Tibisay Lucena stated that “this is an unprecedented opinion on the part of a company whose only role is to provide certain services and technical support and not to determine its results”. She also noted that the system in place allowed each individual elector to validate their own participation. Additionally Lucena attacked the opposition for violently disrupting over 100 voting centers, and the United States for initiating a state of “permanent aggression” against Venezuela for conduction elections, which were permitted by the country’s constitution.

The opposition have a vested interest in undermining the government, and have in the past attempted to question fair election results. The MUD chose not to send any auditors to observe the election. Smartmatic itself has noted that this contested discrepancy would not have been possible if “auditors of all political parties had been present” for the election, as had been the case for all elections since 2004.

Contributing to the confusion is the fact that the CNE has, in the past, always released the detailed results of their elections, and as of publication has not yet done so for Sunday’s election. That said, Smartmatic has not released any data to verify its own claims either, and has stated it is waiting for a full audit to be completed first. There are certainly indications that there may have been some manipulation of the final vote tally, but an observed audit must be carried out to ensure that the truth is established.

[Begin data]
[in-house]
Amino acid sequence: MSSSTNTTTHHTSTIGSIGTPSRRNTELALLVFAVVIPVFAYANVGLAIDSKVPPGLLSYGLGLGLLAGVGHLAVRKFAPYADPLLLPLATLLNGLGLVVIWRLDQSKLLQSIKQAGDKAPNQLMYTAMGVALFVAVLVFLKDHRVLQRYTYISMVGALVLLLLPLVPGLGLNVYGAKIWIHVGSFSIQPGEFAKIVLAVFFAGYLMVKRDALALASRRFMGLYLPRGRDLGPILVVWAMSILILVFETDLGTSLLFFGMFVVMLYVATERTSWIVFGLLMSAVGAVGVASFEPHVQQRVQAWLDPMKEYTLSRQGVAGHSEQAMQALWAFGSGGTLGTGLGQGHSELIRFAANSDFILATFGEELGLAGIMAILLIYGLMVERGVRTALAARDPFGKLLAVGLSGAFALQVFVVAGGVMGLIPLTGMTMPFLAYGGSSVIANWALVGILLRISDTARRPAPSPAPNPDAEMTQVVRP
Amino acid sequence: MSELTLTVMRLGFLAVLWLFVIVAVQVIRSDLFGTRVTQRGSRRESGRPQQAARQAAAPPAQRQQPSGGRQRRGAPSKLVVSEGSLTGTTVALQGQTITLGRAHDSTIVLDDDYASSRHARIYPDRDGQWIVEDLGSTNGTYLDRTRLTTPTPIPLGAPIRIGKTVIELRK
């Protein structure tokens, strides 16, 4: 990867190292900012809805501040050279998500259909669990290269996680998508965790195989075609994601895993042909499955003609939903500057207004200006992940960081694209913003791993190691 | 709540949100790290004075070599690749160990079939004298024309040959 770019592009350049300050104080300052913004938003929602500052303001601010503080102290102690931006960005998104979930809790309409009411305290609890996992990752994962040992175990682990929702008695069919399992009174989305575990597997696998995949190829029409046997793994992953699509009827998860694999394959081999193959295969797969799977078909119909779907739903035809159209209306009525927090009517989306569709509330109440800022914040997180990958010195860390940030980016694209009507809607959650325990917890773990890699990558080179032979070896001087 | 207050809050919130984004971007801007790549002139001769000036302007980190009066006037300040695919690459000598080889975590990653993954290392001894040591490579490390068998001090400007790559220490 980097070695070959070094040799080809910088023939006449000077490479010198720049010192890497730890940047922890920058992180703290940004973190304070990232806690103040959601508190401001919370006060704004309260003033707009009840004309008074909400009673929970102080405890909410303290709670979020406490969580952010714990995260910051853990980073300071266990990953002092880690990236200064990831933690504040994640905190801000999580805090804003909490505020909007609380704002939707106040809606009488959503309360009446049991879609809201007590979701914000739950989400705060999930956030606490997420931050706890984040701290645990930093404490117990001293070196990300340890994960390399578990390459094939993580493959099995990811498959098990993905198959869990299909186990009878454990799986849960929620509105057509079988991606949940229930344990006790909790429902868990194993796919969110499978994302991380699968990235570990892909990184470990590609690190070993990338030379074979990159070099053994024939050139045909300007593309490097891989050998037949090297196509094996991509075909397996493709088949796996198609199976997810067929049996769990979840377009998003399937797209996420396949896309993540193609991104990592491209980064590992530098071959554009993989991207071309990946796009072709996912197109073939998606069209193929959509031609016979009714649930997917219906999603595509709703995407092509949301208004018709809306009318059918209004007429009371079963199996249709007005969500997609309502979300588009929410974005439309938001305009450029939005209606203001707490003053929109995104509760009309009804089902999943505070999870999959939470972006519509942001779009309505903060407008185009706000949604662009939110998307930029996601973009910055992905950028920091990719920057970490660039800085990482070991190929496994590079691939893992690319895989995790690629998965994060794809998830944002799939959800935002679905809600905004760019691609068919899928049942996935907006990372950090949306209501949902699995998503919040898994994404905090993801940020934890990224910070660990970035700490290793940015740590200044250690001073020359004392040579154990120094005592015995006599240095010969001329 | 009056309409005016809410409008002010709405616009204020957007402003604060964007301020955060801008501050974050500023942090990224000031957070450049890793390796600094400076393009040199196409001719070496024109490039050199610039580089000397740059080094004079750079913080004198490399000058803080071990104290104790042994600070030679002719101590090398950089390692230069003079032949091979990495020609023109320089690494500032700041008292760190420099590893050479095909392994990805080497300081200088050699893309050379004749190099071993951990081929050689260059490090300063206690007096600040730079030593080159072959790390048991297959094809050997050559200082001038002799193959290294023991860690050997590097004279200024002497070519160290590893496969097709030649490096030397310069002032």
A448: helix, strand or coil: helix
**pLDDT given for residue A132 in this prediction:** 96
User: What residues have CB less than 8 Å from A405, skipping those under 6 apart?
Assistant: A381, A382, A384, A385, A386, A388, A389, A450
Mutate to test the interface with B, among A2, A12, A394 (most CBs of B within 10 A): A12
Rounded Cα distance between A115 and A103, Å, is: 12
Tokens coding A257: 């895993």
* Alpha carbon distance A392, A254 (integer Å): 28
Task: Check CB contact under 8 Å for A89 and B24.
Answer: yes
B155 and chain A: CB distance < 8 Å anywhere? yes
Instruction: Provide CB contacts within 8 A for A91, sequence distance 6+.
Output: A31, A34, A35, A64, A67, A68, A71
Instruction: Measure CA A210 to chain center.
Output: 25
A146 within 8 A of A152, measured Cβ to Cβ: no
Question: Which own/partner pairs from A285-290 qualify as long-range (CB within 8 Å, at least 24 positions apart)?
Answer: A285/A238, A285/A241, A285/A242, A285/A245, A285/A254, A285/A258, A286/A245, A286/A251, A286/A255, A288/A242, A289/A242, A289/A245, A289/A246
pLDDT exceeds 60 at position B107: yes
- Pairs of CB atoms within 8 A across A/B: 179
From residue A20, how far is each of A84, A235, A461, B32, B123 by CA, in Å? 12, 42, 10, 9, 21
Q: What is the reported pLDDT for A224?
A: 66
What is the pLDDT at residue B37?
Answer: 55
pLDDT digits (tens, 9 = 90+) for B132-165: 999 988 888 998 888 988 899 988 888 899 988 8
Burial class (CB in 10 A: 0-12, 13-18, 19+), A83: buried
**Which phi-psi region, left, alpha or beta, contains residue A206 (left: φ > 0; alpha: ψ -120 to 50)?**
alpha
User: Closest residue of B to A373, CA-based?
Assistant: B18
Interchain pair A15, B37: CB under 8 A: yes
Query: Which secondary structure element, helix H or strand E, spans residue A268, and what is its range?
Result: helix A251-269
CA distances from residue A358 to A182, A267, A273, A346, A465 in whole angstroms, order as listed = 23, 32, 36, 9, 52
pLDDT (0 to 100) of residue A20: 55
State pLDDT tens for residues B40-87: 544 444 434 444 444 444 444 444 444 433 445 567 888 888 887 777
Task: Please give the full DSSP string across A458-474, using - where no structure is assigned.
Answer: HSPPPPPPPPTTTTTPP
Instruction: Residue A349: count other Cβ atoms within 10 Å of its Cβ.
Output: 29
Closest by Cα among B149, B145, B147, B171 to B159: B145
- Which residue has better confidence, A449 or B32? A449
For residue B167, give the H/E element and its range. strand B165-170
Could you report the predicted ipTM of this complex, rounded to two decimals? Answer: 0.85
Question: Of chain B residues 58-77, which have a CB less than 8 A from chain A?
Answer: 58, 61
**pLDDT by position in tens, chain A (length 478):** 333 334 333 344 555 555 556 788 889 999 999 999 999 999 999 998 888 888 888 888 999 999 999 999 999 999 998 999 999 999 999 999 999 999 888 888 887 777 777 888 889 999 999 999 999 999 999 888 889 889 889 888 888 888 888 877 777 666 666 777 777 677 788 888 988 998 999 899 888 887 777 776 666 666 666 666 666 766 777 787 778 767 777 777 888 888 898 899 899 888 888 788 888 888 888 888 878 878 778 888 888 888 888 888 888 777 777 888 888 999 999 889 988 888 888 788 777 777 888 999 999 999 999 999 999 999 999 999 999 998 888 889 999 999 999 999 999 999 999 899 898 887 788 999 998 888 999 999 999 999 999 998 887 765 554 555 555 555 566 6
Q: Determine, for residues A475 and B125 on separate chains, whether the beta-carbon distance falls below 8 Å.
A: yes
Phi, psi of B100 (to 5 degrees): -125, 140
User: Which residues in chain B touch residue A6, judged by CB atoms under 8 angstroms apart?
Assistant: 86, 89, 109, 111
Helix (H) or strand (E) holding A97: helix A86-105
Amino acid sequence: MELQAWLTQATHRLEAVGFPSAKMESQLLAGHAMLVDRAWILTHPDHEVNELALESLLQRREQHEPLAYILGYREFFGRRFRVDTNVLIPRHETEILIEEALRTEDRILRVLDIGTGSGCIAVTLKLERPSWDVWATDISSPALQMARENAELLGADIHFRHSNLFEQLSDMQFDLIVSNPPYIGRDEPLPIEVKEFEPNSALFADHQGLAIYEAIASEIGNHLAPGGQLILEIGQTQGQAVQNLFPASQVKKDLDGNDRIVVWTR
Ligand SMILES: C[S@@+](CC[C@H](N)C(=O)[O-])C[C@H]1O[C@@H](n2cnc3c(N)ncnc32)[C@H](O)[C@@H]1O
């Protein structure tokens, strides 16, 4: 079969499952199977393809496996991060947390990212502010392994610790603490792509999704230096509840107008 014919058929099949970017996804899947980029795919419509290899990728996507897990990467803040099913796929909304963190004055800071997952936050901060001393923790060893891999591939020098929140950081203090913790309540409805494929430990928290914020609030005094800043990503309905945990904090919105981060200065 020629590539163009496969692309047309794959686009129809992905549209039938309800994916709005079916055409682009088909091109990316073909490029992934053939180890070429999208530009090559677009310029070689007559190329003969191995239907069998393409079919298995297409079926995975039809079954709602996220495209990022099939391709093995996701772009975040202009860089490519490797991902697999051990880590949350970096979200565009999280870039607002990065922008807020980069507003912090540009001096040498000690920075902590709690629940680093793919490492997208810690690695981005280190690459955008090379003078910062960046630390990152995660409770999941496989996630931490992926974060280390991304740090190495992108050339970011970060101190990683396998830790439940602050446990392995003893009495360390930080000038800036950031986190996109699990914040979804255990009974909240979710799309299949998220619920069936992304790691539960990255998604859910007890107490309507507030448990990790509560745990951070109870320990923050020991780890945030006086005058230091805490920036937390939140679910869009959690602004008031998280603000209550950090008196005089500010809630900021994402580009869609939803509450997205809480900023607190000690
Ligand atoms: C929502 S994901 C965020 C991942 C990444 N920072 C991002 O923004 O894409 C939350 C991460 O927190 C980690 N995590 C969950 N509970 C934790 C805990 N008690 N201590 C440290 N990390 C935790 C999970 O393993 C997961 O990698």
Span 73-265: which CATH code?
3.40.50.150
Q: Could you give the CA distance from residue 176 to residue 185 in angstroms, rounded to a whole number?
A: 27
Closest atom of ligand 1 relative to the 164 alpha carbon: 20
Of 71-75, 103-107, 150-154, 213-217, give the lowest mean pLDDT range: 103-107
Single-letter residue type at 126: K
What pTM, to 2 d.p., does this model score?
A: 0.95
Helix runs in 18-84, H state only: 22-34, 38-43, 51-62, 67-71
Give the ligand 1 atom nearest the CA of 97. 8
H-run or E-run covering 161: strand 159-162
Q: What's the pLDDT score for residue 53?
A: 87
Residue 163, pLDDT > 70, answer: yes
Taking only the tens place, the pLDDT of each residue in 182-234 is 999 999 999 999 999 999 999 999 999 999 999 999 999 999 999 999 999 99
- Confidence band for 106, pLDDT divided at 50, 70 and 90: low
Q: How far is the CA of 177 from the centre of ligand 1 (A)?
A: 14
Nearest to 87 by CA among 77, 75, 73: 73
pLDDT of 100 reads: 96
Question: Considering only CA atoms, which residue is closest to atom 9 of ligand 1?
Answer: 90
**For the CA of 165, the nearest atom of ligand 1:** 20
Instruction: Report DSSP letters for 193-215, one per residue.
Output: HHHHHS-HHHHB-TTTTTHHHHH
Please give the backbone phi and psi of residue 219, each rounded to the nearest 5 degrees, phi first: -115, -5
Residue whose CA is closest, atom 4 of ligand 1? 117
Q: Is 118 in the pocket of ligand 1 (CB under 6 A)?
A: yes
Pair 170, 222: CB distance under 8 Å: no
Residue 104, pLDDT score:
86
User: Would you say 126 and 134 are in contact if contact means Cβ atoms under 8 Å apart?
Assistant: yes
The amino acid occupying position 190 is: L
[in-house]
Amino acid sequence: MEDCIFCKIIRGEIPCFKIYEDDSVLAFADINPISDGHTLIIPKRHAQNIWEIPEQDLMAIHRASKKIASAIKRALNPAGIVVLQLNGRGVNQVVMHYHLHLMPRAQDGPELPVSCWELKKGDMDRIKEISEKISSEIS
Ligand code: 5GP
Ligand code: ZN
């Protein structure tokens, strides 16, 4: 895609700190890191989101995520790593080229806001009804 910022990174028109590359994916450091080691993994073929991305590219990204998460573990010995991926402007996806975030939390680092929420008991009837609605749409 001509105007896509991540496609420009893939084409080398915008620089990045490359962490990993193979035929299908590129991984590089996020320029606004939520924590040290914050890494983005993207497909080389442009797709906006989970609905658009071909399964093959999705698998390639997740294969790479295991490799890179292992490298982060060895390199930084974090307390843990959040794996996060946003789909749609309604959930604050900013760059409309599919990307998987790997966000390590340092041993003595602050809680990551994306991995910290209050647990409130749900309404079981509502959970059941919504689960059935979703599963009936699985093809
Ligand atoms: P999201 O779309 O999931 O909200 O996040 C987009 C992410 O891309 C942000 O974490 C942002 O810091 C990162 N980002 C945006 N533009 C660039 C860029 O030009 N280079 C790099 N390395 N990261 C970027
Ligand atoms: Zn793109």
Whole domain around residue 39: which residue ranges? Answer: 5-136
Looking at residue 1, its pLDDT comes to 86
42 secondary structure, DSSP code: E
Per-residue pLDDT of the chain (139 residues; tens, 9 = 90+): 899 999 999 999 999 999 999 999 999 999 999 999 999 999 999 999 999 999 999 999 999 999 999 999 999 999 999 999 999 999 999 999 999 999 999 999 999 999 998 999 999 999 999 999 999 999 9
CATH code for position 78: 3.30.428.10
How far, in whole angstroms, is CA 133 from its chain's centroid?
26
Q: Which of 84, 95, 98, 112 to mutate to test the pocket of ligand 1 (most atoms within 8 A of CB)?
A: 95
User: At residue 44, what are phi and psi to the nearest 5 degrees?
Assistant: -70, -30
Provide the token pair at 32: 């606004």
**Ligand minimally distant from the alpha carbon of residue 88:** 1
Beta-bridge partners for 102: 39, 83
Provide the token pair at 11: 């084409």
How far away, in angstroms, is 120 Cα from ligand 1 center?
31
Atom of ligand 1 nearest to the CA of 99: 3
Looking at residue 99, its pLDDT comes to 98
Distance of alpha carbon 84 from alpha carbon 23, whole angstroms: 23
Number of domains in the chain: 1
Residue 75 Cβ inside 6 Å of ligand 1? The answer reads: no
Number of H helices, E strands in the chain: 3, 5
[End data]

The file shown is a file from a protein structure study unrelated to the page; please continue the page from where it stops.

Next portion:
Conclusion

There are strong allegations that suggest that manipulation of votes may have been committed during the vote for the Constituent Assembly. It should also be noted that some opposition figures allege turnout was around 2.5 million, a claim which is likely to be proven false. Both sides are politically interested in the turnout of the vote, and both have cause to try and manipulate people’s opinions of the turnout for their own gain. Moving forward a full audit and the publication of all electoral data are essential to try to determine the fidelity of the results of the vote.